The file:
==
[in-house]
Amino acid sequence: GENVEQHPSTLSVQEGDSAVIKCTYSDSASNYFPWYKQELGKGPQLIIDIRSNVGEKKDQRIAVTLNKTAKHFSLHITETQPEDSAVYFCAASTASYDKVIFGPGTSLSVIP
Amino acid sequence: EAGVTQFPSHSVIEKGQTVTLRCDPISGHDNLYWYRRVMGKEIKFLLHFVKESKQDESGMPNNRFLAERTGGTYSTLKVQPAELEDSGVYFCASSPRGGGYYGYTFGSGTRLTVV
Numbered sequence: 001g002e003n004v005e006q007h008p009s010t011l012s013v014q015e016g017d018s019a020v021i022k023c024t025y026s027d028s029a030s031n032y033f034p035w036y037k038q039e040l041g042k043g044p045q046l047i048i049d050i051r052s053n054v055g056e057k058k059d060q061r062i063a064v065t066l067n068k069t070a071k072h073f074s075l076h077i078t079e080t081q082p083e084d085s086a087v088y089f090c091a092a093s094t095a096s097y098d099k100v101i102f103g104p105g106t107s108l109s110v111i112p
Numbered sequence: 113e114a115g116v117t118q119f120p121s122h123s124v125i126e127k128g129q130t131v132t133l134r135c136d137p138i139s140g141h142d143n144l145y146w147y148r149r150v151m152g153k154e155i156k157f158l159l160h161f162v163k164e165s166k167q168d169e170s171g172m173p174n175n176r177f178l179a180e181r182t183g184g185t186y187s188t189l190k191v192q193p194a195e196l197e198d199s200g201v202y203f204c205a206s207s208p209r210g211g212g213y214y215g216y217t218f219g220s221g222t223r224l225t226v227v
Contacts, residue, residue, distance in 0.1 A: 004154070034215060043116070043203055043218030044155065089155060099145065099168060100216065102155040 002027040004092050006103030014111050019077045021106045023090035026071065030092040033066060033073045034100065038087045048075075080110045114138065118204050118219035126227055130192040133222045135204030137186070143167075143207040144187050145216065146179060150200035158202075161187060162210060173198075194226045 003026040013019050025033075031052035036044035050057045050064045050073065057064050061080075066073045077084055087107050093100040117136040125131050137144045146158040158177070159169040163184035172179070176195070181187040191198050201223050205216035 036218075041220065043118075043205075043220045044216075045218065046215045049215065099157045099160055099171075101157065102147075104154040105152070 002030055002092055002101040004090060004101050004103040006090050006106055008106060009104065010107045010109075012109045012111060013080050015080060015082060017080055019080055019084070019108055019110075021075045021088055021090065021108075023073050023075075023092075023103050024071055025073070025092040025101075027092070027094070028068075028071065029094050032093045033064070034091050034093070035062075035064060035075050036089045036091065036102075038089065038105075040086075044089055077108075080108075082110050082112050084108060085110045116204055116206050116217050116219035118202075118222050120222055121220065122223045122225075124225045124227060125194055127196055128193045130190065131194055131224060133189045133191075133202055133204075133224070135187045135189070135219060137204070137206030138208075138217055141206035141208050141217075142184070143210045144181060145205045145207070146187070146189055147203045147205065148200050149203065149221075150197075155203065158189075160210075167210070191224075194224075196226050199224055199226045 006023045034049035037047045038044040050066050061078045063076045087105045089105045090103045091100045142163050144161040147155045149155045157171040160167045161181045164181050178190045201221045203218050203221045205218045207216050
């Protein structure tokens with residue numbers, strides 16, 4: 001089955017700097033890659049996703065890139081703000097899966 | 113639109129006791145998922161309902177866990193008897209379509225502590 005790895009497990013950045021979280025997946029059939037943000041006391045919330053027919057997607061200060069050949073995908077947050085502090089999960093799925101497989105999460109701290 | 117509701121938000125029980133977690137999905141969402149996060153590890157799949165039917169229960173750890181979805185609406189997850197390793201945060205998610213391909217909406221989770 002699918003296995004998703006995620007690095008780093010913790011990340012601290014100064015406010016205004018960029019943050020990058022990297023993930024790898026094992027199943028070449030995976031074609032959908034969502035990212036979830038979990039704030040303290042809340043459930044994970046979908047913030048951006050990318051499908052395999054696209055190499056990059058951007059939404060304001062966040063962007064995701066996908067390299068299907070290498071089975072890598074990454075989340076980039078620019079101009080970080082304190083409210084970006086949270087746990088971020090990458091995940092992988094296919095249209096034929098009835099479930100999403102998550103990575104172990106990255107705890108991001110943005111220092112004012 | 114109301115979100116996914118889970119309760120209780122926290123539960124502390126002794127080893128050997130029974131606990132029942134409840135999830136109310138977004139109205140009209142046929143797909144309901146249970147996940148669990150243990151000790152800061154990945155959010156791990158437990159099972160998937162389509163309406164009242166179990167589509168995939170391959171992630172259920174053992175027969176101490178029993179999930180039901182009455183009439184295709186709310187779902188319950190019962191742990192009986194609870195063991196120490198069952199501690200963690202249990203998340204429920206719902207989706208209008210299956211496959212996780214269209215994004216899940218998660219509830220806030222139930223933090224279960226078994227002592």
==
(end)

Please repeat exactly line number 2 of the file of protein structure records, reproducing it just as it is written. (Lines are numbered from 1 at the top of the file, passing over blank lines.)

Amino acid sequence: GENVEQHPSTLSVQEGDSAVIKCTYSDSASNYFPWYKQELGKGPQLIIDIRSNVGEKKDQRIAVTLNKTAKHFSLHITETQPEDSAVYFCAASTASYDKVIFGPGTSLSVIP